First off, the documentation for Kibana Role Mapping seems to assume you know where and how to make those configuration changes. As a complete novice with Kibana, it took me a while to figure out that access to this interface was under “Stack Management -> Role Mappings”. The first major issue I encountered was that the step-by-step guides show that Role Mapping was configured 100% using a JSON document structure.  That does not seem to match how Role Mapping looks in our installation of 7.12.1 where it appears that the Role Mapping interface has broken “Role Mapping & Roles” and “Mapping Rules” into separate configuration blocks.And it looks like JSON formatted configurations are only accepted for Mapping Rules and not for Role Mapping itself. This is what my Role Mapping interface looks like and I had to configure it “by hand” rather than use the JSON examples provided in the step-by-step guides:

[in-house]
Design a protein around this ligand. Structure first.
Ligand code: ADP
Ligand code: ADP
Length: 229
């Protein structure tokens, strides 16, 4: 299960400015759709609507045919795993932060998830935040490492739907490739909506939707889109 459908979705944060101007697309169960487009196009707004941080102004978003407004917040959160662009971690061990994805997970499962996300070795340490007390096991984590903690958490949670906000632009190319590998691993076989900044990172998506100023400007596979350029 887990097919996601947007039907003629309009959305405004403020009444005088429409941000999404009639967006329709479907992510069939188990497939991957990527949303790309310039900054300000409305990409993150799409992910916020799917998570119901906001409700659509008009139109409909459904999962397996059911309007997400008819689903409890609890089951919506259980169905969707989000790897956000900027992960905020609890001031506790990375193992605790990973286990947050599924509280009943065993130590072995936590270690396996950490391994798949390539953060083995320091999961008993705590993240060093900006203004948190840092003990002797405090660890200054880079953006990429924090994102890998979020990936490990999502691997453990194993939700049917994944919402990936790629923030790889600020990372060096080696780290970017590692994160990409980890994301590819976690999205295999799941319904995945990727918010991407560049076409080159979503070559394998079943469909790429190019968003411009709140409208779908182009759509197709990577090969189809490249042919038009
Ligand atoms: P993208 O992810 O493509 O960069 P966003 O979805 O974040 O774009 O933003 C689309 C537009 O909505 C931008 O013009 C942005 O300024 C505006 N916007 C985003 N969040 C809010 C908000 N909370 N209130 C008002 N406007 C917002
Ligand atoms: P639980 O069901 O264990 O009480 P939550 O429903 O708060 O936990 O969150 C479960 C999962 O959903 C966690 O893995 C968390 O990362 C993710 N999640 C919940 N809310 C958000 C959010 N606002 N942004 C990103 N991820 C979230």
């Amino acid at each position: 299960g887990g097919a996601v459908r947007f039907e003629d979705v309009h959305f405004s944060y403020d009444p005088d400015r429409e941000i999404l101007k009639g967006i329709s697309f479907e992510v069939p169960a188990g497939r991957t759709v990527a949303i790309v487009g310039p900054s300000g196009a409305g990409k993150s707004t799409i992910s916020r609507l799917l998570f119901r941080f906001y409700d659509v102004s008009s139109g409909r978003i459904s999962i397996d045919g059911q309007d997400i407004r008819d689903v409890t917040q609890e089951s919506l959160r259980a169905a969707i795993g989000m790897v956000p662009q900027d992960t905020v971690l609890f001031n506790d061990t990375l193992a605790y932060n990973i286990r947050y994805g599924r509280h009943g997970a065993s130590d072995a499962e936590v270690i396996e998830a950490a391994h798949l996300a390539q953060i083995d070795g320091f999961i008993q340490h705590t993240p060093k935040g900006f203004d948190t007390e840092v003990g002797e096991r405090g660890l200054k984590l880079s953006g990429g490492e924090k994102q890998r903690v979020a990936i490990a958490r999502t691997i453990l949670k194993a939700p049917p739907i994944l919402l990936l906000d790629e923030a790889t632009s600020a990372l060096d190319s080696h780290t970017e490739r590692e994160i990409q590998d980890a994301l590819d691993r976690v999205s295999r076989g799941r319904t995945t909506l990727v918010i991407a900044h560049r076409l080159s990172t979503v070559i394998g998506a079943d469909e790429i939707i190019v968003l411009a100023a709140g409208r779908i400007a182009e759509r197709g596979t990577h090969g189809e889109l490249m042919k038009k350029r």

I ended up reading the JSON examples provided by others and manually configuring Role Mapping for each of our Okta Groups. However you can upload JSON into version 7.12.1 for just the Mapping Rules portion:
    So if you are following along with the step-by-step guides be prepared to see your Kibana Role Mapping interface look a little bit different than what the other guides are showing. I was not able to do all of the Role Mapping using a single JSON document.
  5. Last Advice — you probably have more than one elasticsearch.yml file to update! This is also covered very explicitly in the step-by-step guides, but I missed that advice and lost a bunch of time on Elastic Cloud deployment failures.  In our environment we have a “Hot data and Content tier” backed by a “Cold data tier” and each instance has a dedicated elasticsearch.yml file that must be edited and consistent.If you have more than one Tier in your Elastic Cloud environment then you have more than one elasticsearch.yaml file to edit! Don’t make my mistake and waste a bunch of time troubleshooting a cluster edit deployment failure! Edit both files at once and make sure things are consistent.Hope this is helpful at least to someone out there on the Internet!